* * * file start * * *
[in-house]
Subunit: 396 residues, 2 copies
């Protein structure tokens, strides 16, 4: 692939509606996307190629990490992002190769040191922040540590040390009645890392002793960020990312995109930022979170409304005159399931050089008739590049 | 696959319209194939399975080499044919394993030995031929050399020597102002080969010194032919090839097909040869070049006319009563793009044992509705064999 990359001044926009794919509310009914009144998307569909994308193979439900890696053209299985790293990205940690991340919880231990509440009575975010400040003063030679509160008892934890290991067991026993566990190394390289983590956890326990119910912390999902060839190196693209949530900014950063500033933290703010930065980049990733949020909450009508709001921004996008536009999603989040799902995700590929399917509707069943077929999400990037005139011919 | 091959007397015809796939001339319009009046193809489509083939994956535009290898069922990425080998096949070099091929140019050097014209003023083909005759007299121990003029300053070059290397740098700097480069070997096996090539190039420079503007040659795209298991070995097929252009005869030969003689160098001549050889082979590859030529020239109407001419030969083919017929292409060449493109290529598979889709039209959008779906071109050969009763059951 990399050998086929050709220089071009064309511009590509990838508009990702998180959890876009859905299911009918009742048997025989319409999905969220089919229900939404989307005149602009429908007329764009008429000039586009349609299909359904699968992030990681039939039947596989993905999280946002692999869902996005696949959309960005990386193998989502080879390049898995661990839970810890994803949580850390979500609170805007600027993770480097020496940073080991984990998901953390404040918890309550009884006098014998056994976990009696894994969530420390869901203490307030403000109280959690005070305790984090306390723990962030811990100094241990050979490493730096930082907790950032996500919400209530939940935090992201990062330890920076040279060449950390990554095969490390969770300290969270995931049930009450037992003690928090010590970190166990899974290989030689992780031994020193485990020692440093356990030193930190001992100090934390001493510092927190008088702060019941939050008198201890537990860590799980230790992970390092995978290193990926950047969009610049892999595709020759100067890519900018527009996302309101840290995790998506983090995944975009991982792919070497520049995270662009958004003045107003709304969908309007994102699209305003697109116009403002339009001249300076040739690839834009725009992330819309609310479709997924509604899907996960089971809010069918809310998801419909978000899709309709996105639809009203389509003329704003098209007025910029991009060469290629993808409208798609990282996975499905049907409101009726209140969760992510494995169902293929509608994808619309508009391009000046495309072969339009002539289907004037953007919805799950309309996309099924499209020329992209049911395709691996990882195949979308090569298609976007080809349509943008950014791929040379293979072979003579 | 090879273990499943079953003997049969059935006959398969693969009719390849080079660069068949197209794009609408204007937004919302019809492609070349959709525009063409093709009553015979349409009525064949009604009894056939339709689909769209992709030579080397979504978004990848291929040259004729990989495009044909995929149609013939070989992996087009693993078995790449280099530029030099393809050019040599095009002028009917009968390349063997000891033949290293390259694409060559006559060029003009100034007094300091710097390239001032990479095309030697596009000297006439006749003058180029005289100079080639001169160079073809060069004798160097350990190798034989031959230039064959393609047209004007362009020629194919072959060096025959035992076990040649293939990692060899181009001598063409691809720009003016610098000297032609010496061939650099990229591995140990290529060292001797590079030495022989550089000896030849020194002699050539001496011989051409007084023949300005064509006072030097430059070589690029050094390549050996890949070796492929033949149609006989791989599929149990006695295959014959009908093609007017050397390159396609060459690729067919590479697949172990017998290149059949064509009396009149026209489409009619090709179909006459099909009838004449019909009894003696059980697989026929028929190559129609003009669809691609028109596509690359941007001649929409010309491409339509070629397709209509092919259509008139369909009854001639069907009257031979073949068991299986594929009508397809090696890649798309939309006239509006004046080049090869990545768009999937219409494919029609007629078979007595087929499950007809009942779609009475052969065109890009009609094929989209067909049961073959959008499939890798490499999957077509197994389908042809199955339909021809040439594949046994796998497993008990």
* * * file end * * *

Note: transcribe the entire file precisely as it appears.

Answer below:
[in-house]
Subunit: 396 residues, 2 copies
């Protein structure tokens, strides 16, 4: 692939509606996307190629990490992002190769040191922040540590040390009645890392002793960020990312995109930022979170409304005159399931050089008739590049 | 696959319209194939399975080499044919394993030995031929050399020597102002080969010194032919090839097909040869070049006319009563793009044992509705064999 990359001044926009794919509310009914009144998307569909994308193979439900890696053209299985790293990205940690991340919880231990509440009575975010400040003063030679509160008892934890290991067991026993566990190394390289983590956890326990119910912390999902060839190196693209949530900014950063500033933290703010930065980049990733949020909450009508709001921004996008536009999603989040799902995700590929399917509707069943077929999400990037005139011919 | 091959007397015809796939001339319009009046193809489509083939994956535009290898069922990425080998096949070099091929140019050097014209003023083909005759007299121990003029300053070059290397740098700097480069070997096996090539190039420079503007040659795209298991070995097929252009005869030969003689160098001549050889082979590859030529020239109407001419030969083919017929292409060449493109290529598979889709039209959008779906071109050969009763059951 990399050998086929050709220089071009064309511009590509990838508009990702998180959890876009859905299911009918009742048997025989319409999905969220089919229900939404989307005149602009429908007329764009008429000039586009349609299909359904699968992030990681039939039947596989993905999280946002692999869902996005696949959309960005990386193998989502080879390049898995661990839970810890994803949580850390979500609170805007600027993770480097020496940073080991984990998901953390404040918890309550009884006098014998056994976990009696894994969530420390869901203490307030403000109280959690005070305790984090306390723990962030811990100094241990050979490493730096930082907790950032996500919400209530939940935090992201990062330890920076040279060449950390990554095969490390969770300290969270995931049930009450037992003690928090010590970190166990899974290989030689992780031994020193485990020692440093356990030193930190001992100090934390001493510092927190008088702060019941939050008198201890537990860590799980230790992970390092995978290193990926950047969009610049892999595709020759100067890519900018527009996302309101840290995790998506983090995944975009991982792919070497520049995270662009958004003045107003709304969908309007994102699209305003697109116009403002339009001249300076040739690839834009725009992330819309609310479709997924509604899907996960089971809010069918809310998801419909978000899709309709996105639809009203389509003329704003098209007025910029991009060469290629993808409208798609990282996975499905049907409101009726209140969760992510494995169902293929509608994808619309508009391009000046495309072969339009002539289907004037953007919805799950309309996309099924499209020329992209049911395709691996990882195949979308090569298609976007080809349509943008950014791929040379293979072979003579 | 090879273990499943079953003997049969059935006959398969693969009719390849080079660069068949197209794009609408204007937004919302019809492609070349959709525009063409093709009553015979349409009525064949009604009894056939339709689909769209992709030579080397979504978004990848291929040259004729990989495009044909995929149609013939070989992996087009693993078995790449280099530029030099393809050019040599095009002028009917009968390349063997000891033949290293390259694409060559006559060029003009100034007094300091710097390239001032990479095309030697596009000297006439006749003058180029005289100079080639001169160079073809060069004798160097350990190798034989031959230039064959393609047209004007362009020629194919072959060096025959035992076990040649293939990692060899181009001598063409691809720009003016610098000297032609010496061939650099990229591995140990290529060292001797590079030495022989550089000896030849020194002699050539001496011989051409007084023949300005064509006072030097430059070589690029050094390549050996890949070796492929033949149609006989791989599929149990006695295959014959009908093609007017050397390159396609060459690729067919590479697949172990017998290149059949064509009396009149026209489409009619090709179909006459099909009838004449019909009894003696059980697989026929028929190559129609003009669809691609028109596509690359941007001649929409010309491409339509070629397709209509092919259509008139369909009854001639069907009257031979073949068991299986594929009508397809090696890649798309939309006239509006004046080049090869990545768009999937219409494919029609007629078979007595087929499950007809009942779609009475052969065109890009009609094929989209067909049961073959959008499939890798490499999957077509197994389908042809199955339909021809040439594949046994796998497993008990």